…to Blessed Mary, ever Virgin, to St Michael the Archangel, to blessed John the Baptist, to the blessed Apostles Peter and Paul, and to all the saints…that I have sinned…”

This is how the “old form” of the Confiteor (“I confess”) began.  Back then, we touched every base!  But on this great solemnity weekend (needless to say, celebrated with real gusto in Rome!), what can we say about these two pivotal saints?  I want to offer some thoughts that will in part be “controversial,” not because I’m being dissident or offensive, but simply because there is no scholarly agreement in some of my points.  So I will “pay my money and take my choice.”

We know that Peter, James (the “brother of the Lord”), and John were the “pillars” of the Church in Jerusalem (James son of Zebedee was already martyred by Herod Agrippa).  We know that Barnabas convinced them that Saul was a bona fide convert and preacher.  And we know that Saul’s early ministry was primarily in Antioch.  We know that Peter did some traveling, too:  it was while he was in Joppa that he had the vision leading to the conversion of the God-fearing (but still Gentile) household of Cornelius.

When controversy over this issue of Gentile conversions arose, it was Paul and Barnabas who conferred with the above-mentioned “pillars,” along with all the presbyters, and they came to an agreement in the inspiration of the Holy Spirit.  Peter’s (Simeon’s) comments about himself and Cornelius were major “selling points” in this decision.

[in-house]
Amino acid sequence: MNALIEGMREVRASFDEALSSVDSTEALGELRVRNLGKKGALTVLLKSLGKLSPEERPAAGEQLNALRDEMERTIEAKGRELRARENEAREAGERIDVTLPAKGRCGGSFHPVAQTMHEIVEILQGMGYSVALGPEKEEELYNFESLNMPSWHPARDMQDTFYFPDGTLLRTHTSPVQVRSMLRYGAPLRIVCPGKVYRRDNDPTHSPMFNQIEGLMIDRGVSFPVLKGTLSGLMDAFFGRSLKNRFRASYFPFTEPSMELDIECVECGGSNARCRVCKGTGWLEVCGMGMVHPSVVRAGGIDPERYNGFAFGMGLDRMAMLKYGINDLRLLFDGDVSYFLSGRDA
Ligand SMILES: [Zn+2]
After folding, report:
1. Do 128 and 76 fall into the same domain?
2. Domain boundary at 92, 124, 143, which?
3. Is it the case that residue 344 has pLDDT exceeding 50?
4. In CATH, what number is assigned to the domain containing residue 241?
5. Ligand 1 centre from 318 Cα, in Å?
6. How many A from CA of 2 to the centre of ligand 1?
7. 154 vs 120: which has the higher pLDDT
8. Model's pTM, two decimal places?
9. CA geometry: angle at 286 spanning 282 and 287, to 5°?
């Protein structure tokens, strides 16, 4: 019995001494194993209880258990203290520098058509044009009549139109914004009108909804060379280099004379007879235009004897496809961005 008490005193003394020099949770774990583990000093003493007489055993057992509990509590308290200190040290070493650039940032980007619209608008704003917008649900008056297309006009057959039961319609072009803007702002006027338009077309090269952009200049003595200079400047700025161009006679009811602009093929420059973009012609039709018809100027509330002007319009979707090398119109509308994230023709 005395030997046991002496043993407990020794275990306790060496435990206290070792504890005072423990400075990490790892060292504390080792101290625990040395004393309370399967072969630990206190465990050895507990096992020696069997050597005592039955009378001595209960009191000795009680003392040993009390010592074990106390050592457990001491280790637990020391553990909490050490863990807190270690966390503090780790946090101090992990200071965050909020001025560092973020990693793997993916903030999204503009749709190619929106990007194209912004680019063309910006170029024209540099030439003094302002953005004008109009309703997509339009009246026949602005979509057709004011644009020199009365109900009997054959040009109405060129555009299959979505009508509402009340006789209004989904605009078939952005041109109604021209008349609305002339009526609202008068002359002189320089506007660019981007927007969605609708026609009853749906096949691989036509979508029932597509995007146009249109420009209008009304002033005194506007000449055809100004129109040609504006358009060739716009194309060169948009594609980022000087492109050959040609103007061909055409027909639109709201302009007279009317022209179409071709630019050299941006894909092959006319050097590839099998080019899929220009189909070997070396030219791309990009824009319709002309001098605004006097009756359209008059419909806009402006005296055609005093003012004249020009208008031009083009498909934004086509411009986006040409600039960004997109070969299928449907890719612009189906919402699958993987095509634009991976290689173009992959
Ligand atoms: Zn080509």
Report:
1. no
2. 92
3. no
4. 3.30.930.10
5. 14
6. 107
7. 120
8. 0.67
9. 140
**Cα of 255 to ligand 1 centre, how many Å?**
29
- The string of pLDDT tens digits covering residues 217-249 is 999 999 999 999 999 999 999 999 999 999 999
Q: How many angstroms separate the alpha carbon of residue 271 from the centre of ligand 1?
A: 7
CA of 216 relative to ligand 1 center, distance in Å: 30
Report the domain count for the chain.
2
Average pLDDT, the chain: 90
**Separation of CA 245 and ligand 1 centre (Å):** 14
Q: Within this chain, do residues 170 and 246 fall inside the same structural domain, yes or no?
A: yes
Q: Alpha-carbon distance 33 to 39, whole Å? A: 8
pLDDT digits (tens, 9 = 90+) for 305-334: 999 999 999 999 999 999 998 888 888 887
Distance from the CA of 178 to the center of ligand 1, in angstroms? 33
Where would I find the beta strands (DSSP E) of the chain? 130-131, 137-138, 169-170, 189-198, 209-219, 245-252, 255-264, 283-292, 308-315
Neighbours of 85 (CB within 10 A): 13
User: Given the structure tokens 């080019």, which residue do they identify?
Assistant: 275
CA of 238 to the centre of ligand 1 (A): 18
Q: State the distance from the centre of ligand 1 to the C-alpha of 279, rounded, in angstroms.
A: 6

Trouble came in Antioch when it seemed to Paul that Peter and even Barnabas were unfaithful to the fullness of the Gospel.  They had sharp words.  But this is not “the rest of the story.”  The practice of Peter opposed by Paul, as it seems, was later embraced by Paul in his writing to the Corinthians.  And though Paul stated he never wanted to preach the Gospel where someone else had already evangelized, it seems Peter (Cephas) had no such qualms—he is mentioned in I Corinthians as having a faction, and Paul affirms the value of Peter’s ministry.

When Paul wrote the Letter to the Romans, it was to serve as an introduction to the already-formed Christian Church there (he didn’t want to evangelize there, only use Rome as a base camp to travel to Spain).  But he never mentioned Peter in his final (very long) list of greetings, so it seems he was not in Rome at that time.  But sooner or later, he did get there.

There has never been a tradition of the martyrdoms of Peter and Paul (and their burials) in any other place than Rome, on the Vatican Hill and along the Ostian Way.  These are the locales of the great basilicas of today, originally built on orders of the Emperor Constantine.  Excavations demonstrate the virtual certainty of these claims.  I’ve been to 2 of the 3 graves of St Patrick; there is only one grave each for Peter and Paul.

Peter is symbolized by the “keys of the Kingdom”; Paul by the sword.  It’s the sword of his martyrdom, yes, but also the “2-edged sword” of the Word of God that he proclaimed.  Both lived and ultimately died for love of the Lord.  And so “let us praise these famous men” (Sirach 44:1) this weekend, and let us thank God for the Church founded upon the Apostles.